Colorful banners with hopeful messages for anxious times

Community and collaboration are at the heart of The Living School of Art's project now on view at Nationale

At Nationale, the line between fine art and functional object has always been blurred. The iconic Portland gallery space is also part shop, thoughtfully curated with must-reads and apothecary curiosities. These days, the space contains a selection of Mixed Needs ceramics and Incidental Music’s tone poem, along with a selection of music, print, and home objects.

Interior view of Nationale with banners from The Living Art School’s Banners for Cultivating Resilience. (2020)

Nationale’s embrace of art in all its forms made the gallery a perfect venue for Banners on Cultivating Resilience, a project by The Living School Of Art (LSA). Facilitated by artist and neighbor Amanda Leigh Evans, LSA is an intergenerational art project based in an affordable housing development in east Portland. Neighbors in the community teach and participate in hands-on activities and present exhibitions in the eight apartment complex laundry rooms. The program includes a visiting artist residency, a community garden, a medicinal herb garden, and field trips. LSA draws participants are of all ages, though the banners featured in this exhibition were made exclusively by children.


Making music for the love of it

ArtsWatch Weekly: A very different kind of orchestra, a weekend of horrors, board moves, toppled statues, farewells, flicks & how we see

SOMETIMES, IN THE UNDERSTANDABLE QUEST FOR EXCELLENCE AND EVEN PERFECTION in the arts, performers and artists can lose sight of something that should be at the core of the entire enterprise: a love of the game. That happened, Brett Campbell writes in ‘Orchestrating change’: healing music, to Ronald Braunstein, an up-and-coming orchestral conductor whose promising career was derailed, despite his prominent and obvious talents, by the stress and pressure of the job. “Anxiety, distraction, emotional ups and downs paralyzed him,” Campbell writes. “He couldn’t keep it all together.” 

For the love of it: Dylan Moore, a bassist with Me2/Orchestra. Photo courtesy of Me2.

Eventually Braunstein discovered that he had a crippling bipolar disorder, and that might have been the end of the story – except it wasn’t. He still had all of that talent, and a growing appreciation for the love that attracted him to music in the first place. And he discovered that there were a lot more people like him: professionals, amateurs, in-betweens who genuinely loved the music but not the pressure that goes along with a fast-track career. He discovered he had a simpatico with those among them who also had some form of mental illness. And so was born the Me2/Orchestra, a place where people could go for the simple joy of playing. It’s an amazing story, a genuine joy to read, and the original Me2 has spawned offspring groups, including one in Portland. It’s also a timely reminder of the genuine pleasures of amateurism – a word derived from the Latin amare, which means, simply, to love. Whether you’re a professional or an acolyte, it’s where it all begins.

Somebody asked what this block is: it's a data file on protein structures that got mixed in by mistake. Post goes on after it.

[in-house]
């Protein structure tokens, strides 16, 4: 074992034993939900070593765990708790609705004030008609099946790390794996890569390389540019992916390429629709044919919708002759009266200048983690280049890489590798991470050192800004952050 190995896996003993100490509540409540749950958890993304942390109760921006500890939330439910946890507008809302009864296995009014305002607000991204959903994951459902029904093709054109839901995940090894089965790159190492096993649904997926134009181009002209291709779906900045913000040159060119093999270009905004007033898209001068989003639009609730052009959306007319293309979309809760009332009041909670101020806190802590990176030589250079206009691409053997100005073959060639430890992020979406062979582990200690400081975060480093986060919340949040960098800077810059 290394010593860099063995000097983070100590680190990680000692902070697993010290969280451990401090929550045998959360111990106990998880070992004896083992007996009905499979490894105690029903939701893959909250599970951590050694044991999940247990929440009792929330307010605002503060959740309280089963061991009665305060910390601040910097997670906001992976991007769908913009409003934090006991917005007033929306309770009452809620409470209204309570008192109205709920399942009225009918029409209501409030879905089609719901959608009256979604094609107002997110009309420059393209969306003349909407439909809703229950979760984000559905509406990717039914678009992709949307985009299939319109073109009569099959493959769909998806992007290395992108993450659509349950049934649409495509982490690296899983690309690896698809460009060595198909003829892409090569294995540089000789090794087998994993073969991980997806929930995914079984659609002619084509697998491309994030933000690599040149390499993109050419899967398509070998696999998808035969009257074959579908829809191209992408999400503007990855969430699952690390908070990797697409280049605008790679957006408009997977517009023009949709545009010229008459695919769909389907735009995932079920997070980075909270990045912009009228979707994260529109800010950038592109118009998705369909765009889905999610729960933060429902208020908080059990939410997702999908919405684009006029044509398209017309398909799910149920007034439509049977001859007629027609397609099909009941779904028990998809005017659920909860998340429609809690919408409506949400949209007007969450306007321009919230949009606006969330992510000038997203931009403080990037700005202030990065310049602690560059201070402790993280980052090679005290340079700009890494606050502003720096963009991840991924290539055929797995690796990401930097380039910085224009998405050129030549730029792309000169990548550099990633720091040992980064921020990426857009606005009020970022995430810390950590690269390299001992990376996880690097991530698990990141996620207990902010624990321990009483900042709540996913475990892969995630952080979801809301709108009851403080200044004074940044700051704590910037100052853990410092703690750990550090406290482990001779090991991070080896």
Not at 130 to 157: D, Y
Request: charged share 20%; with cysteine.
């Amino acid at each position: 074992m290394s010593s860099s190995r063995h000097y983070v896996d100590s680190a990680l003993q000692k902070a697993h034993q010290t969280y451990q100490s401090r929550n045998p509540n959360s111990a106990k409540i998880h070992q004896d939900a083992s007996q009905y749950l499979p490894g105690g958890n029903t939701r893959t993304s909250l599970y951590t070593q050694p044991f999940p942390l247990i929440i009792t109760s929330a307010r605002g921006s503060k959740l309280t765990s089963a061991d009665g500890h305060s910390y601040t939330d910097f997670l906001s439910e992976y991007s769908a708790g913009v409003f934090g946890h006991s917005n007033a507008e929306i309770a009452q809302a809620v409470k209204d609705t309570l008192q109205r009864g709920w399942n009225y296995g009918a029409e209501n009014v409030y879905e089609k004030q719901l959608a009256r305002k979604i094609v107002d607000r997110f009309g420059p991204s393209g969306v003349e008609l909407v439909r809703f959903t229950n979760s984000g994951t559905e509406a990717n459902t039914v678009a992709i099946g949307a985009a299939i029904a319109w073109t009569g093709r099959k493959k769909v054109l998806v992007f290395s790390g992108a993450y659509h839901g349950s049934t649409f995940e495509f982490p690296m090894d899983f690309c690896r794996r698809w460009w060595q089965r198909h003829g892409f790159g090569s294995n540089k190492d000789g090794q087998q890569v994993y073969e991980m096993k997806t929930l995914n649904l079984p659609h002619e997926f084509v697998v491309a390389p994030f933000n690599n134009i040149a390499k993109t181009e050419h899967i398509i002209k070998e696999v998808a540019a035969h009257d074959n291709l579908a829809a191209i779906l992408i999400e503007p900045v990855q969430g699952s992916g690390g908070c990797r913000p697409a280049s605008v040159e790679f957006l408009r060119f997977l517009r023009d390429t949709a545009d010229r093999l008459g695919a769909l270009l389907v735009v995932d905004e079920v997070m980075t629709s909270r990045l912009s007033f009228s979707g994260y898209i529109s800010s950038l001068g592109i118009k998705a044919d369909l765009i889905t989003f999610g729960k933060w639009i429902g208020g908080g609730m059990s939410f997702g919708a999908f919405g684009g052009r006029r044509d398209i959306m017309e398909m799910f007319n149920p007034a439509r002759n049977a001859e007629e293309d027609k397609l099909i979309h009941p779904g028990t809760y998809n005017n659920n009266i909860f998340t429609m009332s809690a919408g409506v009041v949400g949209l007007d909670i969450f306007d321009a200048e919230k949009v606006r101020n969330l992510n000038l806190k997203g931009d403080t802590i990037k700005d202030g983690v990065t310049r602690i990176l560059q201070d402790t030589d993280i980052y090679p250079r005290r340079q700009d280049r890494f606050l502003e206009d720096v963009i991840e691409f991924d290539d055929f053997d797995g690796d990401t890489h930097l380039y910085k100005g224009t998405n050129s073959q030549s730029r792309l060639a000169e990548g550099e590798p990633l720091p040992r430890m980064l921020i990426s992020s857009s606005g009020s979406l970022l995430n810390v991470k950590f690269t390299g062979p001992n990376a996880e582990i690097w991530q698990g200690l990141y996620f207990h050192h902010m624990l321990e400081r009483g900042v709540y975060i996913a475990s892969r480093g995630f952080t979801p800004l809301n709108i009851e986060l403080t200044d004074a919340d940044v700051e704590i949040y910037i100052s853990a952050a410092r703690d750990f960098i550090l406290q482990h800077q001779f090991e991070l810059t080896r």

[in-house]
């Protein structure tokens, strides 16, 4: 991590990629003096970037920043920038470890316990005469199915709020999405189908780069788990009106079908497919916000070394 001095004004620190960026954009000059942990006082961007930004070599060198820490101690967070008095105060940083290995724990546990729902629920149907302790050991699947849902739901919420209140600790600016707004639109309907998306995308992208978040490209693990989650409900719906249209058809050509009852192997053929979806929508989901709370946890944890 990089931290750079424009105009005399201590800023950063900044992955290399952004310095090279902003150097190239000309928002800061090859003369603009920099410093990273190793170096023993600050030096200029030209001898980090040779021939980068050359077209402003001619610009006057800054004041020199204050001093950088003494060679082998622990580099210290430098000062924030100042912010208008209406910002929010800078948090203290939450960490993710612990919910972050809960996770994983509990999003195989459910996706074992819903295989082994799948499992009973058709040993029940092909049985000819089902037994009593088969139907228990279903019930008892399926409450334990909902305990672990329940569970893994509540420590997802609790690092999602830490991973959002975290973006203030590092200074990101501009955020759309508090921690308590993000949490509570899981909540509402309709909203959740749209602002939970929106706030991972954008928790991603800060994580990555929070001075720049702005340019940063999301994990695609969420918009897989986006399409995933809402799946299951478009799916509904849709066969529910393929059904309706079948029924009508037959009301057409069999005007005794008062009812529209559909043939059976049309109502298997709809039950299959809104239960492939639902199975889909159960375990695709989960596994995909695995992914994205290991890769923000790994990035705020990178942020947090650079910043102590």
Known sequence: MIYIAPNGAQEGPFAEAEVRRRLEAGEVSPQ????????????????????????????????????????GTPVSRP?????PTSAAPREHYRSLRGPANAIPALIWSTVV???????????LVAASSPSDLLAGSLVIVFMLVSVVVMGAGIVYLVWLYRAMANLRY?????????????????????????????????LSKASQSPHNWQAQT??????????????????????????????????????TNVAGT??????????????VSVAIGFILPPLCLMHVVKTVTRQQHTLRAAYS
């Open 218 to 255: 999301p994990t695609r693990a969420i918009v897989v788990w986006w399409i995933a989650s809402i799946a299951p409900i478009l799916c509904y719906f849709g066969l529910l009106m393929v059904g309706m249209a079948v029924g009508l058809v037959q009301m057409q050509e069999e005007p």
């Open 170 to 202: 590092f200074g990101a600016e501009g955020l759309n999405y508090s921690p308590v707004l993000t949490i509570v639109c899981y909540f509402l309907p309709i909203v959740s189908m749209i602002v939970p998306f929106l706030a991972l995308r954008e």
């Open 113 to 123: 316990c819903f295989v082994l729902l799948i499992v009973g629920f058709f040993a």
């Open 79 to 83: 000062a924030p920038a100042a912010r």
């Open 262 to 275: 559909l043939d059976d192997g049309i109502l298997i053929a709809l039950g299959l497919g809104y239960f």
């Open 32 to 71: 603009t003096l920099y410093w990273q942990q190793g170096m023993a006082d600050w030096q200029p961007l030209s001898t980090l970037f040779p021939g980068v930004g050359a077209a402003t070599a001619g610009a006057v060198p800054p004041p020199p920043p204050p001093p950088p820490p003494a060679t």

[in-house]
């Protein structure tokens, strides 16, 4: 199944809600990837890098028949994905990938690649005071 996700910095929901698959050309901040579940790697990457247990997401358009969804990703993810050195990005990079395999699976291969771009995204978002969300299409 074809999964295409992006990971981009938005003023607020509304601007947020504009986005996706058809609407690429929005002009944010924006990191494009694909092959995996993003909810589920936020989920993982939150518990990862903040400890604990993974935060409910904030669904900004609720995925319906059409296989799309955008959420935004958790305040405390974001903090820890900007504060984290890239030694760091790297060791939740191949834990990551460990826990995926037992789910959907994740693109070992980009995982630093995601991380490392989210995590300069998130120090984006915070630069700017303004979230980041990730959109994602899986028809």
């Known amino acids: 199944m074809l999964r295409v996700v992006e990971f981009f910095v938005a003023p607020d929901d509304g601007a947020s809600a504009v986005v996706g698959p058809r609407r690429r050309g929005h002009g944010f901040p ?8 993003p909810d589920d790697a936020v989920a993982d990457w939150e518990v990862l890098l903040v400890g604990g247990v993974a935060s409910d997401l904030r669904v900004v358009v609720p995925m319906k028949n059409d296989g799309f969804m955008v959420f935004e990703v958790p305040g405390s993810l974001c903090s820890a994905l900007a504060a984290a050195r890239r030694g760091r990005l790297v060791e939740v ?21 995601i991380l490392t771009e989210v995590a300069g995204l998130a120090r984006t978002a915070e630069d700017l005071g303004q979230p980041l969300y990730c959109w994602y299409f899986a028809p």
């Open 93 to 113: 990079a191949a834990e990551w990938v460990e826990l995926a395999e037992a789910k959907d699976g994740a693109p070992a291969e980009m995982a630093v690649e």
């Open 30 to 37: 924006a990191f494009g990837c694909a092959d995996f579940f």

Farewell to the Tangerine Window

In his final days, the beloved set designer and artist Tim Stapleton hosted a steady flow of friends. Now, his final artwork is on display.

“To get to the Tangerine Window you had to go on a bit of a spirit journey,” as Mary McDonald Lewis puts it.

The window in question was at West Hills Health & Rehabilitation, a nursing facility in Portland’s Multnomah Village, with low-slung yellow-brick buildings and well-manicured lawns. “You’d walk down the narrow side of the building, through a gate and into a little courtyard of small lawns, park benches, little gardens,” McDonald Lewis continues. The anodyne surroundings are scrupulously, pleasantly plain — except for one section. There, little bursts of color catch the eye — flowers in sky-blue planter pots, a yellow rubber duck in a rusted iron bird feeder, large ceramic carp glazed in brilliant cobalt blue, seeming to swim along a dry stream of stones. And then, instead of the standard-issue white curtains of the other rooms, a flash of bright orange appears like a welcome.
“It’s like a window that you’d expect to see on ‘Mister Rogers’ Neighborhood.’ A window that glowed like monarch butterfly wings. But then, inside, is a very ill man. And yet, within moments you’re caught up in his eyes, and in his stories, and then it’s just Tim. You’re with Tim.”

Photographer Owen Carey, who shot this portrait of Tim Stapleton in 2013, joined forces with Stapleton on many a play and many a cocktail. Carey says that in one of his last text exchanges he asked if he should bring anything on his next visit. “He asked for ‘some Pirate’s Booty, your booty, and a Negroni in a sippy cup.’”

Timothy Wayne Stapleton, an accomplished and beloved figure in the Portland arts scene, died on Sept. 7, at age 71, from the effects of amyotrophic lateral sclerosis, or ALS, the motor neuron condition commonly known as “Lou Gehrig’s disease.” For the last several months of his life, pushing against the isolating effects of both the COVID-19 pandemic and his progressively debilitating illness, many of his many friends made pilgrimages to what everyone called the Tangerine Window.


Nye Beach Banner Project goes international

The 12th annual fundraiser for arts education includes work by artists in Newport's sister city of Mombetsu, Japan

Shigeru Yamai depicted the Yaquina Bay Bridge, with love from Mombetsu City, for the Nye Beach Banner Project.
Shigeru Yamai depicted the Yaquina Bay Bridge, with love from Mombetsu City, for the Nye Beach Banner Project.

Twelve years after a group of Nye Beach merchants sought to define their little neighborhood’s identity, the Nye Beach Banner Project has gone international.

This year’s banners include four from artists in Newport’s sister city of Mombetsu, Japan. After Mombetsu delegates visited Newport last year, banner project organizers were inspired to offer artists an additional option for the banner theme — traditionally meant to represent some aspect of Nye Beach.